Right now, you’re making judgments about this blog, how long it took to load, the design, these words, the topic.
I’ve got about 5 seconds to capture your attention. If I don’t, you’ll be hitting the X on the tab, or the back button.
If I can get you past those five seconds (in other words, if you’re still reading this), then you’ll give me another five seconds. Then hopefully ten seconds. Maybe a few more after that.
Hopefully in that time I’ve been able to convince you of this page’s value, or at least intrigued you enough to click onto another article.
Then, we begin the process again, except this time maybe you give that article ten seconds of your attention.
A page or two more, and maybe you’re willing to subscribe to the blog.
And thus, a relationship begins. I now have the opportunity to show you value on a recurring basis.
It all started by keeping your attention within those first five seconds and validating why you clicked over to this page in the first place.
I’m really glad you’re still reading this.
We do the same thing with brands. 59% of consumers say they know if a brand is a favorite right after their first purchase.
Forget a purchase - most of us are forming opinions about brands long before we make a purchasing decision.
It begs the question: What is your brand promise? And is that promise being fulfilled at every potential exposure - including customer usage of the product or service?
(Hint: think benefits, not features.)
And a second question: Is everything being done to make sure that first post-purchase impression is positive?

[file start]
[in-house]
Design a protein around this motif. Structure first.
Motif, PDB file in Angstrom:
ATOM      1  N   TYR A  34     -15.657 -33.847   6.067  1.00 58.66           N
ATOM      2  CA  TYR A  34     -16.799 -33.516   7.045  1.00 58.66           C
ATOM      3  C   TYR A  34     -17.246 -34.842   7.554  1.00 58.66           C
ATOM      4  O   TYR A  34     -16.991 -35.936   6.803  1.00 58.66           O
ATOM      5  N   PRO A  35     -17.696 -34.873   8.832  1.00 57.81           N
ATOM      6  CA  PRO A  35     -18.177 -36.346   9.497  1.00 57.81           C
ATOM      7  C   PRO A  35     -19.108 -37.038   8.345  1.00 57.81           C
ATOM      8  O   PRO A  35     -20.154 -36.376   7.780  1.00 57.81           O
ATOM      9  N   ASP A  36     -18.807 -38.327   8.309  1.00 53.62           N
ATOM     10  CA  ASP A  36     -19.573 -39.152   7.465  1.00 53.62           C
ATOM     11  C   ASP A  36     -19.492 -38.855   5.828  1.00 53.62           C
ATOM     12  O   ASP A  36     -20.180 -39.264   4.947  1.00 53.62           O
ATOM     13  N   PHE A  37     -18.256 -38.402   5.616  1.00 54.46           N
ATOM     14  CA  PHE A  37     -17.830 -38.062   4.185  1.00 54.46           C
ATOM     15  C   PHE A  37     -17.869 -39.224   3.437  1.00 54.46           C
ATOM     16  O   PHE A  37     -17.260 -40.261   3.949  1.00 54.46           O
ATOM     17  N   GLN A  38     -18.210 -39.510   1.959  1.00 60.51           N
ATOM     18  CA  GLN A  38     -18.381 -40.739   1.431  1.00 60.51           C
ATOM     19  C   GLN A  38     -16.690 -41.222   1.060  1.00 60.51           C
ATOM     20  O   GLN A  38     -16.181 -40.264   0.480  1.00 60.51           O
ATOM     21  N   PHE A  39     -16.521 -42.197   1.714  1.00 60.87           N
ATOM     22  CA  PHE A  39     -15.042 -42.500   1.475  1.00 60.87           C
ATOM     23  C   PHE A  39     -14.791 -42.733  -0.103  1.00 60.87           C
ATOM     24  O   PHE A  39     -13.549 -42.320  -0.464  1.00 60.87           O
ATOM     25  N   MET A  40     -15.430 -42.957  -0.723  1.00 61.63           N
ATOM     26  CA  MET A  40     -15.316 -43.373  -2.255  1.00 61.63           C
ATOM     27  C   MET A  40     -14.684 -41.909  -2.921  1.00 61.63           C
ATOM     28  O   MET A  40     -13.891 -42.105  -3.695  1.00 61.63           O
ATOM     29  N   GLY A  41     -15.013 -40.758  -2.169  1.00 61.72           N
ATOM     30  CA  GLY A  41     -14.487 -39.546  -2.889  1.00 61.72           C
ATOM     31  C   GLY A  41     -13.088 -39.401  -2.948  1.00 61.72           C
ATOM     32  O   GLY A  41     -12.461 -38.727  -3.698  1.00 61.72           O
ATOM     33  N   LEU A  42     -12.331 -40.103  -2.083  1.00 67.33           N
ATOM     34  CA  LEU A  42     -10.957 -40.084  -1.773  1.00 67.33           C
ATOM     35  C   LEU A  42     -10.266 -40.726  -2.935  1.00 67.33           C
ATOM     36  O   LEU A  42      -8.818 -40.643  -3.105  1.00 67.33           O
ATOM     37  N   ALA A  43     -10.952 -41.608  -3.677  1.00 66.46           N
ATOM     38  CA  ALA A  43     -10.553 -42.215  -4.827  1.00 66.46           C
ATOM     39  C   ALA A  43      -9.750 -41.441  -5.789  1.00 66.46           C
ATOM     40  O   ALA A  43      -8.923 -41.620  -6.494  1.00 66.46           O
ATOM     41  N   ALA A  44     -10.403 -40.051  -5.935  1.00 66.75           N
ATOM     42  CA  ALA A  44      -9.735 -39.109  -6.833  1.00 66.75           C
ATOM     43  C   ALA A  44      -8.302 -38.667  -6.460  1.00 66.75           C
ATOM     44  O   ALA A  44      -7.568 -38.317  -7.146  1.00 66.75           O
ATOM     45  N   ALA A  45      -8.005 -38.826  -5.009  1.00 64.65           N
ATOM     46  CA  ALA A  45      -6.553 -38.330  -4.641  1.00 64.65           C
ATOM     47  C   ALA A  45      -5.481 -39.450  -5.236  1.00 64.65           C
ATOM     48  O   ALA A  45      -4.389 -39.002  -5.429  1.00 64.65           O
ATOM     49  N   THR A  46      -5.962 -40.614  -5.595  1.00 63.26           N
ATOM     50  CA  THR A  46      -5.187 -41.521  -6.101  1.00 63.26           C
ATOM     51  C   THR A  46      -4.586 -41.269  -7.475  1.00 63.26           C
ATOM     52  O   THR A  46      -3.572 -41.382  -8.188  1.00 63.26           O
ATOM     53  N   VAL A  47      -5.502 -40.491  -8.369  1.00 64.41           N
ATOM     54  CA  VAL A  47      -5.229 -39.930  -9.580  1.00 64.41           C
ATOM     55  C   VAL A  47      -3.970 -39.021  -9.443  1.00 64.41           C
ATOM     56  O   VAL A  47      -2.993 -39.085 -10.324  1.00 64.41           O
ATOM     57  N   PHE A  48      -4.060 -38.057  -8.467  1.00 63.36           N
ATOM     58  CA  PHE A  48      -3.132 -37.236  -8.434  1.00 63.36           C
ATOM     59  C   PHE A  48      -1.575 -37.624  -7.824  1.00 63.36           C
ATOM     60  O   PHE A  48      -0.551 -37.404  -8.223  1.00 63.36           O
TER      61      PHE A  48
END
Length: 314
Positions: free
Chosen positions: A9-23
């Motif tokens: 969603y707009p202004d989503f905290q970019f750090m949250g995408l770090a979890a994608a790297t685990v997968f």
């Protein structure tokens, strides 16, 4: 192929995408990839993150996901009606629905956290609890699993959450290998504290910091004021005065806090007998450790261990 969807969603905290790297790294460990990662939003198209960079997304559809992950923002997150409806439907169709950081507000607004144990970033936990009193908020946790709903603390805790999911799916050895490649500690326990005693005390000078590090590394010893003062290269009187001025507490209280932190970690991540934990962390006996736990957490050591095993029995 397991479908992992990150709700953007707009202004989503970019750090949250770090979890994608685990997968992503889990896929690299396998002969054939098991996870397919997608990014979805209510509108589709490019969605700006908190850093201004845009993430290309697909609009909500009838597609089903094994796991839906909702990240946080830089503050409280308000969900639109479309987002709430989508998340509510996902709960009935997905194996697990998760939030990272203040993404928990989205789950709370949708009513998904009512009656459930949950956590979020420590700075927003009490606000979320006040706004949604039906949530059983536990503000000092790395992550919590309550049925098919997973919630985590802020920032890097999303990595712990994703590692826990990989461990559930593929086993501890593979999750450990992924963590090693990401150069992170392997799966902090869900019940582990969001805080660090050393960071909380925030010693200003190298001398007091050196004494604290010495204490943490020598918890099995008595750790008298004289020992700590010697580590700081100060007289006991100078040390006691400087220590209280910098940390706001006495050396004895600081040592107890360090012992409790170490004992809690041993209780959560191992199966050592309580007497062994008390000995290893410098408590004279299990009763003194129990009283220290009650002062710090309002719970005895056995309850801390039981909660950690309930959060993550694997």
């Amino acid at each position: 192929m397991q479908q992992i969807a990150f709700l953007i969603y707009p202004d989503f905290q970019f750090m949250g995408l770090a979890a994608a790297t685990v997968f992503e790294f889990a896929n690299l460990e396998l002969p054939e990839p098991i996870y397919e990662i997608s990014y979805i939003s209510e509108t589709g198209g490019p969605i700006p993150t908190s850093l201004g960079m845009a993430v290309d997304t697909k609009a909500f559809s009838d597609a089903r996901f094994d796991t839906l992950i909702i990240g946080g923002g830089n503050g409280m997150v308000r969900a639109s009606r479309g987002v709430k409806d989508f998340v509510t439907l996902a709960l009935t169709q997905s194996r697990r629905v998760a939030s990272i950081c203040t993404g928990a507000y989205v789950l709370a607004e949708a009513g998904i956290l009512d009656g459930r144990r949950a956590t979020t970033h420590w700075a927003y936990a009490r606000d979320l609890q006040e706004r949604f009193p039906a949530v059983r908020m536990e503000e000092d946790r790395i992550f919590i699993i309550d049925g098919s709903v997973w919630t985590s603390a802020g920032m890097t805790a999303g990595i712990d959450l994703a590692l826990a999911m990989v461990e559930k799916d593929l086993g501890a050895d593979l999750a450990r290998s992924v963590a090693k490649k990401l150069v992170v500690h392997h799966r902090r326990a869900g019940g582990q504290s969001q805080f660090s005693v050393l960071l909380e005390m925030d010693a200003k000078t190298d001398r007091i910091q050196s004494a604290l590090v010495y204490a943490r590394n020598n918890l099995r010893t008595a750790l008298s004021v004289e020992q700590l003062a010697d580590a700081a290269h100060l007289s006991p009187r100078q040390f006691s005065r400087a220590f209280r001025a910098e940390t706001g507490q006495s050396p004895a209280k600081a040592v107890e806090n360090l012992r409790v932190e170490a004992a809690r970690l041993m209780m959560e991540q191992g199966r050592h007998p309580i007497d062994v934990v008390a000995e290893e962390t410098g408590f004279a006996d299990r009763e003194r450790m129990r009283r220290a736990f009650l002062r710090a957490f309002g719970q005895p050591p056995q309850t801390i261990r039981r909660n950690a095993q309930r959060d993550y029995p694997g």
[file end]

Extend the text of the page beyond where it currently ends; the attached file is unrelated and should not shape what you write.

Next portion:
The impetus is on every brand, every organization to earn those first five seconds. Then earn the next five. Then ten seconds.
As the interactions continue, and a brand continues fulfilling those promises, they’ll earn more leeway from customers.
First Impression Hacks
The good news is there are a couple hacks to help make first impressions even better.
A great customer incentive can make a big difference in earning a measure of immediate validation post-purchase.
The key is offering people something that fits with the brand and those sought-after benefits that brought the customers along in the first place. Don’t resort to outright bribery, however - incentives are an important part of customer relationships.
People need instant validation. That loyalty program better have elements of instant reward, and ongoing low-hanging fruit.
After all, you only get five seconds.
I’m so happy you made it this far. I feel like we’re friends now. Thanks for reading (and oh hey, look - here’s a place to subscribe to this blog!)
(Hummingbird image courtesy of Anita Ritenour)
Topics: Customer Engagement